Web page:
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Association between Indicators of Inequality and Weight Change following a Behavioural Weight Loss Intervention.

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Birch, Jack M 
Mueller, Julia 
Sharp, Stephen J 
Griffin, Simon J 
Kelly, Michael P 


INTRODUCTION: Weight loss through behavioural weight management interventions can have important health benefits for people with obesity. However, to maximise the health benefits, weight loss must be maintained. Evidence suggests that behavioural weight loss interventions do not exacerbate inequalities in the short term. However, no study has yet considered whether inequalities exist in long-term weight change following intervention. We aimed to investigate if there are inequalities in weight change following weight loss intervention. METHODS: We conducted a cohort analysis of data from the Weight Loss Referrals for Adults in Primary Care (WRAP) trial (N = 1,267). WRAP randomised participants to receive a brief intervention information booklet or vouchers for 12-weeks or 52-weeks of WW (formerly WeightWatchers) and followed them for 5 years. Multiple linear regression estimated the association between exposures (indicators of inequality) and outcomes (change in weight between 1- and 5-years). Each model was adjusted for the intervention group, baseline weight, weight change between baseline and 1-year, research centre, and source of the 5-year weight data. RESULTS: Of the 1,267 participants in WRAP, 708 had weight change data available. Mean weight change between 1- and 5-years was +3.30 kg (SD 9.10 kg). A 1 year difference in age at baseline was associated with weight change of 0.11 kg ((95% CI 0.06, 0.16), p < 0.001). We did not find evidence of associations between ethnicity, gender, education, indices of multiple deprivation, household income, or other family members participating in a weight loss programme and weight change. CONCLUSION: Except for age, we did not find evidence of inequalities in weight change following a behavioural intervention. Findings further support the use of behavioural weight management interventions as part of a systems-wide approach to improving population health.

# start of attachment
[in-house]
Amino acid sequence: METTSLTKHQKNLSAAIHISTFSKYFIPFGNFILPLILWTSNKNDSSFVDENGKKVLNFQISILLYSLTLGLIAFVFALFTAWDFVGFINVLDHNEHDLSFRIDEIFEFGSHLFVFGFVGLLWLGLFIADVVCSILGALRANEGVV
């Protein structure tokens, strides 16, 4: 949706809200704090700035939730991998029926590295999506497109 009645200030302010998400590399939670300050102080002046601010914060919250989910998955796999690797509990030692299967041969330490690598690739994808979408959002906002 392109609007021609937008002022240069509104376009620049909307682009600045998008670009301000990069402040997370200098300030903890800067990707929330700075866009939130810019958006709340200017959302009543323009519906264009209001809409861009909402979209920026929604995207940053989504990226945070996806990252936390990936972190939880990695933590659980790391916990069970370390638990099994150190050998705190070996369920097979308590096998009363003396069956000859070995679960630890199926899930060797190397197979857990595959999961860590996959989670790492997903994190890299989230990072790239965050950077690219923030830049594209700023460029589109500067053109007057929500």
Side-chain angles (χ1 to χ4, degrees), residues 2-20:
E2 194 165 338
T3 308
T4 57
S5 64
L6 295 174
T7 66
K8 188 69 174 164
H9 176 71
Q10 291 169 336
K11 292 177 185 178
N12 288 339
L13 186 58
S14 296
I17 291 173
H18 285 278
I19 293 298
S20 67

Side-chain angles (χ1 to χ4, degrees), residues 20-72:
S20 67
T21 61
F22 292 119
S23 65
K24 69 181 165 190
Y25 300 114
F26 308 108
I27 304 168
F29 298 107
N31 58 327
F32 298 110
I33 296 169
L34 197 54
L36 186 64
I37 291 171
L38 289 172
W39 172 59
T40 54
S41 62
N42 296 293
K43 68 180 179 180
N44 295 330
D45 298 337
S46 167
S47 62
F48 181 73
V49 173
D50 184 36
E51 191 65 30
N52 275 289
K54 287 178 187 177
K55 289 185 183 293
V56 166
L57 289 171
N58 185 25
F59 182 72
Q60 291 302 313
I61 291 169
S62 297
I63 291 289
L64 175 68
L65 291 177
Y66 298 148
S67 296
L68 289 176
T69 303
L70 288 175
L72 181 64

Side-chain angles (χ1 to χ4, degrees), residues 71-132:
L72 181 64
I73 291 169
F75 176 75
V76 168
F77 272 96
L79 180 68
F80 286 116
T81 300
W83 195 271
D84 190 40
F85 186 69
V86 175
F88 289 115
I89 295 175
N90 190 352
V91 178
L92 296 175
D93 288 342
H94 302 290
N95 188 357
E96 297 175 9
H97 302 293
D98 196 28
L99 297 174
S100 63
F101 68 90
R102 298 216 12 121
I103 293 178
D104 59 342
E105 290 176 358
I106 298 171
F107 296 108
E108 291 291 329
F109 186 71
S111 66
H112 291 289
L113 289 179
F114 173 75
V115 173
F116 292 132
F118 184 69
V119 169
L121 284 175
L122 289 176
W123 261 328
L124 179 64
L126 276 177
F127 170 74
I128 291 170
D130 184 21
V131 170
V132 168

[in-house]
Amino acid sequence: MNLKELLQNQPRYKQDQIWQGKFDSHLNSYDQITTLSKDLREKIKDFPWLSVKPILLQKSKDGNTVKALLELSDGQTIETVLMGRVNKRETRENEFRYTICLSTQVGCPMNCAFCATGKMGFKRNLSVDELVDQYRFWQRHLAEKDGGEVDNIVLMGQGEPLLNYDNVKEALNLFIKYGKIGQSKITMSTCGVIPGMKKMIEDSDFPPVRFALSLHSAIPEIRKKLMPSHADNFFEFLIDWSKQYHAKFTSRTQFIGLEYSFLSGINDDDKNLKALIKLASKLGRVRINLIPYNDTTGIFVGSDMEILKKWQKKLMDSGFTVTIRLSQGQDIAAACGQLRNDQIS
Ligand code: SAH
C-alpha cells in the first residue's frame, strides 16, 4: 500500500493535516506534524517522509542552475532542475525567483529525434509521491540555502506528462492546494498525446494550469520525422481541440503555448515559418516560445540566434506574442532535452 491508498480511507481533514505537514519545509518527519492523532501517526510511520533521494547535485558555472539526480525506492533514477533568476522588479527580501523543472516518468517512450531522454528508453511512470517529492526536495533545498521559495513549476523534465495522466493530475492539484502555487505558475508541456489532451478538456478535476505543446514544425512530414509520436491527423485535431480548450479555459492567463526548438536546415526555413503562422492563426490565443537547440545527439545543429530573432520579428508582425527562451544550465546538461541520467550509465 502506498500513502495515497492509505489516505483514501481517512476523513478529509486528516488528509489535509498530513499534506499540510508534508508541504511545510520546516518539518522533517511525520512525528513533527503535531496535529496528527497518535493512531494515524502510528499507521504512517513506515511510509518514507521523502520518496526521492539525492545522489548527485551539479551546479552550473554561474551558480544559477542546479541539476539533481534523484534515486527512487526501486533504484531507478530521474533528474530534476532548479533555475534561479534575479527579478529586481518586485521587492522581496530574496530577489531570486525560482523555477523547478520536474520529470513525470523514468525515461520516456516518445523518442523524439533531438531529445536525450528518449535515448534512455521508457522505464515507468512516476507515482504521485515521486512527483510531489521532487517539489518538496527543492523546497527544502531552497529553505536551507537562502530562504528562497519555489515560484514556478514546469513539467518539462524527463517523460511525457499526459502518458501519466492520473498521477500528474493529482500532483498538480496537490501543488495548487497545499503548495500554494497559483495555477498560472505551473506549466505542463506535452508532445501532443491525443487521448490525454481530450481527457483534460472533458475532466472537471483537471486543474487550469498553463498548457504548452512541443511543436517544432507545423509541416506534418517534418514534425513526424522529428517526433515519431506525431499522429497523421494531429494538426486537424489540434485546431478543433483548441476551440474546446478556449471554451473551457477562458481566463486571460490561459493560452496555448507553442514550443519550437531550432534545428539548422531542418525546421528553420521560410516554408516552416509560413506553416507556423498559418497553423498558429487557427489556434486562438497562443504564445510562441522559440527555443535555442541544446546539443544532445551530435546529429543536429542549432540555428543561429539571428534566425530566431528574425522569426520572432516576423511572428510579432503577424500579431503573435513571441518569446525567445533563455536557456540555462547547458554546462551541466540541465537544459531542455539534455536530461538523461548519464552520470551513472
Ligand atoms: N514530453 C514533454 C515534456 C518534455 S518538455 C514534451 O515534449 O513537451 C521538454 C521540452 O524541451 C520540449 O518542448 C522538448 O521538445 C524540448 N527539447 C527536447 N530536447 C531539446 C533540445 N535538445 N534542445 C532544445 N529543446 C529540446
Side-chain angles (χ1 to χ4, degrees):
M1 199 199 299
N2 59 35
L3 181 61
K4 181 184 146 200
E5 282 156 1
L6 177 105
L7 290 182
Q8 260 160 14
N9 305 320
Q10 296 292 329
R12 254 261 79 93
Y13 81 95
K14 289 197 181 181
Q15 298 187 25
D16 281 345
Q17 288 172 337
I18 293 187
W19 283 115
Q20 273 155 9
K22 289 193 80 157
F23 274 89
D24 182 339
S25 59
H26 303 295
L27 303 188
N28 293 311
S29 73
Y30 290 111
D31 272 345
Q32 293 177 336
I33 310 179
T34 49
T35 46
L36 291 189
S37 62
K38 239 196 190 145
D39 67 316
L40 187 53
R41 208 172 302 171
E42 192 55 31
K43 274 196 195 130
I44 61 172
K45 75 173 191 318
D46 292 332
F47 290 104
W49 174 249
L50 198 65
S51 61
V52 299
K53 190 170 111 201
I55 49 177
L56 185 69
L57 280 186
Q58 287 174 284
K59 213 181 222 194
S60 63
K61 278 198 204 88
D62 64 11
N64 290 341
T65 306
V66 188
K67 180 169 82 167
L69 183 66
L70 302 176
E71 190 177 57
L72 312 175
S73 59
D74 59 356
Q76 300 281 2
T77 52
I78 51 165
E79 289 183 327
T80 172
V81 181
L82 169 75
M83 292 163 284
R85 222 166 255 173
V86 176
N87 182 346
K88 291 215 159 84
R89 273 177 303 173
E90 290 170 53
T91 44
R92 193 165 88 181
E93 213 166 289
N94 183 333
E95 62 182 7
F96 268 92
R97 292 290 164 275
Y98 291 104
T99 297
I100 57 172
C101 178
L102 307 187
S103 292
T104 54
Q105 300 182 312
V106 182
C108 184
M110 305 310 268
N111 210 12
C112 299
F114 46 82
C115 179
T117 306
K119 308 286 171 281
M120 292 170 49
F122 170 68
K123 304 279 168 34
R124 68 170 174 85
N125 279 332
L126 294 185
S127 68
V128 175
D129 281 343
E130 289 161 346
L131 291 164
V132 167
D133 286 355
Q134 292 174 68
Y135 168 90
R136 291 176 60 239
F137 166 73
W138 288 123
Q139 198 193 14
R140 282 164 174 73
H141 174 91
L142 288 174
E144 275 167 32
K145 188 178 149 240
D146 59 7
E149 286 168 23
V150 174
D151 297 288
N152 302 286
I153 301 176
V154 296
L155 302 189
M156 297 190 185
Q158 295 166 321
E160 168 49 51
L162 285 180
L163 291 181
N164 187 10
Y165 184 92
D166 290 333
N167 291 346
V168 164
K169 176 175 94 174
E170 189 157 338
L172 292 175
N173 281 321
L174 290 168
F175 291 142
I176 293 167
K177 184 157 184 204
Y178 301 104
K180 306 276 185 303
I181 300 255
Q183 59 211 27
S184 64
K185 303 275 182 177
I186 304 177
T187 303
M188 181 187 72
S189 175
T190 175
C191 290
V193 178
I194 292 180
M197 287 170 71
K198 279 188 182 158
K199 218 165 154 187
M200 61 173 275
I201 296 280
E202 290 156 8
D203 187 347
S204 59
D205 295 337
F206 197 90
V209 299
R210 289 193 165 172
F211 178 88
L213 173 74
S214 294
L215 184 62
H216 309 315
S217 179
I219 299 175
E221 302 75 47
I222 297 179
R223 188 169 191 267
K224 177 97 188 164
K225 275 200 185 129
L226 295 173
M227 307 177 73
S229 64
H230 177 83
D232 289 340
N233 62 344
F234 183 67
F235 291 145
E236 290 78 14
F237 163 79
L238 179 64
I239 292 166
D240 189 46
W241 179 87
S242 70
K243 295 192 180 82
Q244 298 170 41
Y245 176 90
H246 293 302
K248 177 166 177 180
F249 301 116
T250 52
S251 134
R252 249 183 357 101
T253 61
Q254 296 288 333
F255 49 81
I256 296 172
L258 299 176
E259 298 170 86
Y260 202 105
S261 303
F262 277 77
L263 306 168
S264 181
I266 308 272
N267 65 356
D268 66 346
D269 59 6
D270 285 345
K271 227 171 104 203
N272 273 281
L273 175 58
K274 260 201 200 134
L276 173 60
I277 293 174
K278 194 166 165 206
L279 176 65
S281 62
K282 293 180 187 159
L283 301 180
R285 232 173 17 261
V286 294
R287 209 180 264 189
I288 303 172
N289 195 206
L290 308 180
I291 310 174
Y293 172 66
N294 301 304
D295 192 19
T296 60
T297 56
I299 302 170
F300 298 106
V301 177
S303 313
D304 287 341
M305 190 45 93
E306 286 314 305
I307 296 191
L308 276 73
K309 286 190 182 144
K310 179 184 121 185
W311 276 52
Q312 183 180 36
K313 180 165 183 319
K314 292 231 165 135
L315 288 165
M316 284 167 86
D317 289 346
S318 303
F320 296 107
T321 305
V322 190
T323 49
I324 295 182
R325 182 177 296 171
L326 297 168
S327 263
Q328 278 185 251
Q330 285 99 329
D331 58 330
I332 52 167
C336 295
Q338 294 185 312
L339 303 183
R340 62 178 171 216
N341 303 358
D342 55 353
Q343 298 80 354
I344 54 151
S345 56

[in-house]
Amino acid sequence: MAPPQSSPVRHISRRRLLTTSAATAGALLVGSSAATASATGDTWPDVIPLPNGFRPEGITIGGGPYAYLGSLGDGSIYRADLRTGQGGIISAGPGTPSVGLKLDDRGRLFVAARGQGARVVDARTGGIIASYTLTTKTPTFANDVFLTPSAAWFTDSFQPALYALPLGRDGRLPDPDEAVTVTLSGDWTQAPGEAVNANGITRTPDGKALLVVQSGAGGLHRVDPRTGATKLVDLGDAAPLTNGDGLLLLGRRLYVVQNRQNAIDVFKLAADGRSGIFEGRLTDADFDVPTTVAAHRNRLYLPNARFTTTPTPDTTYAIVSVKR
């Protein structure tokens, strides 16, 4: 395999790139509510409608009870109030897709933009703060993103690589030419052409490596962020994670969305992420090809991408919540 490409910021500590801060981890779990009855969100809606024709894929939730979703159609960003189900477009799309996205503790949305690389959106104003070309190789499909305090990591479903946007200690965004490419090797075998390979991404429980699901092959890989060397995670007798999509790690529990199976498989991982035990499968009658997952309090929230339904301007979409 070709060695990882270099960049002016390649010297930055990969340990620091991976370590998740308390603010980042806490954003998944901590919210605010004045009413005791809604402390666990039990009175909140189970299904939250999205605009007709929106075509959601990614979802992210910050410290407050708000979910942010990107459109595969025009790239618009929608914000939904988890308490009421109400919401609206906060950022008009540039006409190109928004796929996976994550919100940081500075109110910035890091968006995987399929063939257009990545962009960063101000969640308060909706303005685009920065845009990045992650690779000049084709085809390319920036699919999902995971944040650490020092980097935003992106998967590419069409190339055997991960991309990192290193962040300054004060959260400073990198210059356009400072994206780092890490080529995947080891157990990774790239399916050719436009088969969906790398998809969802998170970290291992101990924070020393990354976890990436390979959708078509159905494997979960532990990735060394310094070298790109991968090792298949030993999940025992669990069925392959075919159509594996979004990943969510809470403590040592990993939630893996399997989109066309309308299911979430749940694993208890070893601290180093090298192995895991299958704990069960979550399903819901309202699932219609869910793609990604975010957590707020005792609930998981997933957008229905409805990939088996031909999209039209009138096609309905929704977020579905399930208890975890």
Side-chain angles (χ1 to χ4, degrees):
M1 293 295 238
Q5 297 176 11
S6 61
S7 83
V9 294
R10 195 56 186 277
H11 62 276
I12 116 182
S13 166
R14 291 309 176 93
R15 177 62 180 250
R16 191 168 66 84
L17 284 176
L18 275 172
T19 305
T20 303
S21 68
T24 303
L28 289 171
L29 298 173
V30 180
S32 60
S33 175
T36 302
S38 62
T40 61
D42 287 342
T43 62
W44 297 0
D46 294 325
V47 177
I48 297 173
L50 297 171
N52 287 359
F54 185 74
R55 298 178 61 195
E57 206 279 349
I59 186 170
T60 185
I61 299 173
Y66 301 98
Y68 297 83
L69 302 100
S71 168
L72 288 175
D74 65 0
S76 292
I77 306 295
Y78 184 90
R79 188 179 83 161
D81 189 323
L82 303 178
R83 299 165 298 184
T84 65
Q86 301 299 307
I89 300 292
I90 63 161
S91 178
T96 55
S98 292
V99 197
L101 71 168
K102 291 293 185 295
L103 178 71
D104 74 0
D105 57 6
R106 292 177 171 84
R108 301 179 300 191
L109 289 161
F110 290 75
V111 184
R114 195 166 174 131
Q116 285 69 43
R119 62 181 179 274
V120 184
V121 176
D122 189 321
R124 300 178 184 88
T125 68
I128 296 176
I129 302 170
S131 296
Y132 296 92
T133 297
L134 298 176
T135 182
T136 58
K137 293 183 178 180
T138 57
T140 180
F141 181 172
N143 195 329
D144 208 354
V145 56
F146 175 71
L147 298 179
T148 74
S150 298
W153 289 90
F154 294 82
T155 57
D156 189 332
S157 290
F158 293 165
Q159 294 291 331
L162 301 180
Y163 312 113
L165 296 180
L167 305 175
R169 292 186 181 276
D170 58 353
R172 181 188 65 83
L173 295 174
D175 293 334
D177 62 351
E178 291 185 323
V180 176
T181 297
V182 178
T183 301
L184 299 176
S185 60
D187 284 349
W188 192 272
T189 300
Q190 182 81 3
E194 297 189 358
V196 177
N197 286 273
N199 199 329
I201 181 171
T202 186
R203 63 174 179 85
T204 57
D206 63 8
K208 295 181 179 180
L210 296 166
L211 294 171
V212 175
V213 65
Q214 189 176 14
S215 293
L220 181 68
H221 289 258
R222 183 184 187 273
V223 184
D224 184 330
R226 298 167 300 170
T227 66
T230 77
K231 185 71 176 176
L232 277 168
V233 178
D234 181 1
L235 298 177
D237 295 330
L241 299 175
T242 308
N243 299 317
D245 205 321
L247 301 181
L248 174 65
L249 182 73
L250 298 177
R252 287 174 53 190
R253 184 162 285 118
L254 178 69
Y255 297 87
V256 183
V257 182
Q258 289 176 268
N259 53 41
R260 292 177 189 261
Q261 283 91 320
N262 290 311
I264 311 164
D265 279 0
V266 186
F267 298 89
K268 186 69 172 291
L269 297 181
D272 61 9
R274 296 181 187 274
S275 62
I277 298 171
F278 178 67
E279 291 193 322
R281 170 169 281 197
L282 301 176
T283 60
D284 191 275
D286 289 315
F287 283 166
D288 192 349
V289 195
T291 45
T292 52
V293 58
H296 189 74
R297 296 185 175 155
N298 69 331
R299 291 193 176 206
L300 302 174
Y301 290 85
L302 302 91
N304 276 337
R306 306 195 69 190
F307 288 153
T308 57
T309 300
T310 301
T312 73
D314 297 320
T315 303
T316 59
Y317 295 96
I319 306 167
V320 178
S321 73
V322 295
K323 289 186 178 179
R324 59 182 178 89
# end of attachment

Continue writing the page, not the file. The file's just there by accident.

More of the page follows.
Inequalities, Obesity, Primary care, Weight loss, Adult, Humans, Behavior Therapy, Ethnicity, Obesity, Weight Loss, Weight Reduction Programs

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Obes Facts

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S. Karger AG
MRC (2278833)
MRC (MC_UU_00006/6)
Medical Research Council (MC_UU_12015/4)